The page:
Batman v Superman: Dawn of Justice may have been worse than Man of Steel in the eyes of audiences and critics alike (Man of Steel got 56% at Rotten Tomatoes and an A- at CinemaScore, while Batman v Superman got 29% and a mere B), but the new film did a lot better than its predecessor at the box office this week.
Box office: Batman v Superman breaks records, Deadpool becomes the top-grossing R-rated movie ever worldwide
It’s something of a cliché for religion-minded pop-culture writers to talk about the parallels between Superman and Jesus, especially when there’s a new Superman movie in the works, but Zack Snyder, director of the upcoming Superman reboot Man of Steel, said something in one of the film’s newer promotional featurettes that got me thinking about the parallel from a slightly different angle than usual.
Specifically, Snyder described how the approach taken by producer Chris Nolan and screenwriter David S. Goyer would make Superman relevant to a 21st-century audience: “What Chris and David did was, ‘Let’s let the audience participate in the experience of being Superman, without breaking the things that make him Superman.’ They were able to sort of make him relatable, ground him and make him feel real.”
Two things came to mind on hearing this statement.
“He’ll be a god to them.” So says Jor-El, the father of Superman, as he sends his son to Earth in the latest trailer for Man of Steel.
In the immediate context, Jor-El seems to be referring primarily to the fact that his son will have powers that the other residents of Earth will not. But his voice-over, later in the trailer, goes on to speak in even more elevated terms of Superman as someone who will give humanity “an ideal to strive towards,” thereby allowing humans to “join [him] in the sun.” Lois Lane adds to the mythology, as it were, by noting that some people think of Superman as a “guardian angel”.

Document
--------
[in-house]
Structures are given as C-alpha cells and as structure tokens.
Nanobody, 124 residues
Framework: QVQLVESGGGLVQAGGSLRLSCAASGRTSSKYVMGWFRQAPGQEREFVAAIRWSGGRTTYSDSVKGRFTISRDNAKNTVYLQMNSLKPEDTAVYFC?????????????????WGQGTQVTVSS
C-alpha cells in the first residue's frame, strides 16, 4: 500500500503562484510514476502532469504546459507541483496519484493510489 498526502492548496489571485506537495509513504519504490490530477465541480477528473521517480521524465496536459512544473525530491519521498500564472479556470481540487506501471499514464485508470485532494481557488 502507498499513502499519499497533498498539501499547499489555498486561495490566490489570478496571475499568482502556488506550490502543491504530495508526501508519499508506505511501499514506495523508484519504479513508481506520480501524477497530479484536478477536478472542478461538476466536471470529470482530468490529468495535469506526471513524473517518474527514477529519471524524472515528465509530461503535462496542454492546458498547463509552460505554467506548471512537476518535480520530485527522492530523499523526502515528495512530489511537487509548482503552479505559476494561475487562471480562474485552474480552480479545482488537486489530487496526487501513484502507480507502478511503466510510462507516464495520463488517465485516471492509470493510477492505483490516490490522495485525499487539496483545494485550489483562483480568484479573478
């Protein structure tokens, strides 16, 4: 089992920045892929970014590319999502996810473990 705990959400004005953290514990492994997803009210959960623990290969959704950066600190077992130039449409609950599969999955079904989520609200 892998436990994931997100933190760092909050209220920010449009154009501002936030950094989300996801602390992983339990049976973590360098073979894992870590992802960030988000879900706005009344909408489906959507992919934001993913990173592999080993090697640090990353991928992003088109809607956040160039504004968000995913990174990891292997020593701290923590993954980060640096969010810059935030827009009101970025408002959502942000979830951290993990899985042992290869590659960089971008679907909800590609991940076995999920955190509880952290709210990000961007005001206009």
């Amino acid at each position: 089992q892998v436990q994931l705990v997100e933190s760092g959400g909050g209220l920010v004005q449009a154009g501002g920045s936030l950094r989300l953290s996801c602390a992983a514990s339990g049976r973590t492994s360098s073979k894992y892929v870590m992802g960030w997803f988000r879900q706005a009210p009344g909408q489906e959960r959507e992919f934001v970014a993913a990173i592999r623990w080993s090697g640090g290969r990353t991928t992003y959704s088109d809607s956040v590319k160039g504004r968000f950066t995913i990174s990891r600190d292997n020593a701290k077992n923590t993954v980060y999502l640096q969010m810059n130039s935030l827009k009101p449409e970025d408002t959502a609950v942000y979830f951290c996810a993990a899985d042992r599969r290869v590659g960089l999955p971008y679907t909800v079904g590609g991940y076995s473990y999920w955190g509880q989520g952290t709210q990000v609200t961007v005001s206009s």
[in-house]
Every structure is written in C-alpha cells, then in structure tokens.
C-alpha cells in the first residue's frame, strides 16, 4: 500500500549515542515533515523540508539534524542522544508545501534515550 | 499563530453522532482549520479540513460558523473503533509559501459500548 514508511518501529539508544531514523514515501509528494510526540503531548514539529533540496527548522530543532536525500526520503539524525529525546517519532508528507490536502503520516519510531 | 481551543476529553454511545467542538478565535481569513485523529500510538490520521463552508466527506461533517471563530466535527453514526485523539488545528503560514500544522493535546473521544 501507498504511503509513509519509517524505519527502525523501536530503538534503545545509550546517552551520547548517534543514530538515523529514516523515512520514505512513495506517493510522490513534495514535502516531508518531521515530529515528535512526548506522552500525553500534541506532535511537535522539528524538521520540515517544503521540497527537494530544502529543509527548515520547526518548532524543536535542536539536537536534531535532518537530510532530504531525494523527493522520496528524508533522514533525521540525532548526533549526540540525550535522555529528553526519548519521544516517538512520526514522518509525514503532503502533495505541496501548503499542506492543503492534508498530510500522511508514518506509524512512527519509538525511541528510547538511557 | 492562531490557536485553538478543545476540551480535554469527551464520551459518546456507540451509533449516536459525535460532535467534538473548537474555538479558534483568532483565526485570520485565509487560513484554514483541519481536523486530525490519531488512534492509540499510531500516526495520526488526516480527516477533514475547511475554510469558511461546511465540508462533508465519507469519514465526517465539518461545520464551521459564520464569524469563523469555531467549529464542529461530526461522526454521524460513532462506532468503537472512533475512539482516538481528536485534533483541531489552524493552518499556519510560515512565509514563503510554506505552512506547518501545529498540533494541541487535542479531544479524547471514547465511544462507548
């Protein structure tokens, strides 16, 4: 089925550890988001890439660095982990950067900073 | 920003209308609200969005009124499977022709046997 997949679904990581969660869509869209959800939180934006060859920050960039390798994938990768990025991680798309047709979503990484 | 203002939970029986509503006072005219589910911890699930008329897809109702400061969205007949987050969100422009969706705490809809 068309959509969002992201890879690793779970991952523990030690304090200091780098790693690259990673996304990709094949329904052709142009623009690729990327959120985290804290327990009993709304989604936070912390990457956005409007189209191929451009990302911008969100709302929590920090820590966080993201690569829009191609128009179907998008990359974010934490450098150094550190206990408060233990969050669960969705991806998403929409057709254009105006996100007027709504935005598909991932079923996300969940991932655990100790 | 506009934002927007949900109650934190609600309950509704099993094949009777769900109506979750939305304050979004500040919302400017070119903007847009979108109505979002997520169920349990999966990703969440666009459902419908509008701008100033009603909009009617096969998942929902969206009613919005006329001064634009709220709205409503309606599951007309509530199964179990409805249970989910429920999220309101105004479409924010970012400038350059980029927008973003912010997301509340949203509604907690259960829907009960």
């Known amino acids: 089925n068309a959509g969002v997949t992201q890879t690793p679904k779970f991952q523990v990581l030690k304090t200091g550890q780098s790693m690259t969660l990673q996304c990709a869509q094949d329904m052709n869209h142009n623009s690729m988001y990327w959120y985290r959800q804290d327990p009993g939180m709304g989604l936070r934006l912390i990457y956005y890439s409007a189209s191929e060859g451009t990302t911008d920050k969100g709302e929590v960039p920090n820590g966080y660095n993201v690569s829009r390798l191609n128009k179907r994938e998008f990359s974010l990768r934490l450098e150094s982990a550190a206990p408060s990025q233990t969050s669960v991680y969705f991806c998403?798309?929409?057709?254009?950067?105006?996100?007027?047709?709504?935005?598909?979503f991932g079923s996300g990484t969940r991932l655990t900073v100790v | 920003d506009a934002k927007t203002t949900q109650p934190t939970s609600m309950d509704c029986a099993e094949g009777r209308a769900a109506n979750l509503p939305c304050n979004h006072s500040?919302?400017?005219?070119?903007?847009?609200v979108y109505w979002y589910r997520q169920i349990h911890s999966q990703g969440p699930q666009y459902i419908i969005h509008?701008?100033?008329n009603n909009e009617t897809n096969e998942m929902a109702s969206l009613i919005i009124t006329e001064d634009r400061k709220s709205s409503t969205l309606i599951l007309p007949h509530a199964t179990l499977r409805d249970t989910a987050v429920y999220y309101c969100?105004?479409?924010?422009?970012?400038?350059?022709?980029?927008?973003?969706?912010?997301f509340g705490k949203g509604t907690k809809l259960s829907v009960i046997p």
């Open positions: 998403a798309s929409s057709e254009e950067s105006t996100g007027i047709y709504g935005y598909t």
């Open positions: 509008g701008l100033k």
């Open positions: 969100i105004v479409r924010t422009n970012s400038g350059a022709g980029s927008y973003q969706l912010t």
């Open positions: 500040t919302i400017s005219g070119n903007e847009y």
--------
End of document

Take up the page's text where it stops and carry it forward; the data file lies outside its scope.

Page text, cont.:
The unexpected success of Mel Gibson’s The Passion of the Christ proved that it’s no longer taboo to make faith-based entertainment and that there’s a huge Christian market just waiting to be explored. So it was only a matter of time before major corporations, who already own some of the biggest Christian book and music labels, turned their attention to film.
Sony Pictures – the studio that made The Da Vinci Code – also promotes Christian movies through its Provident Films label. They had a huge success last year with the low-budget sports movie Facing the Giants, which was produced by a church in Georgia for only $100,000 and went on to gross more than $10 million.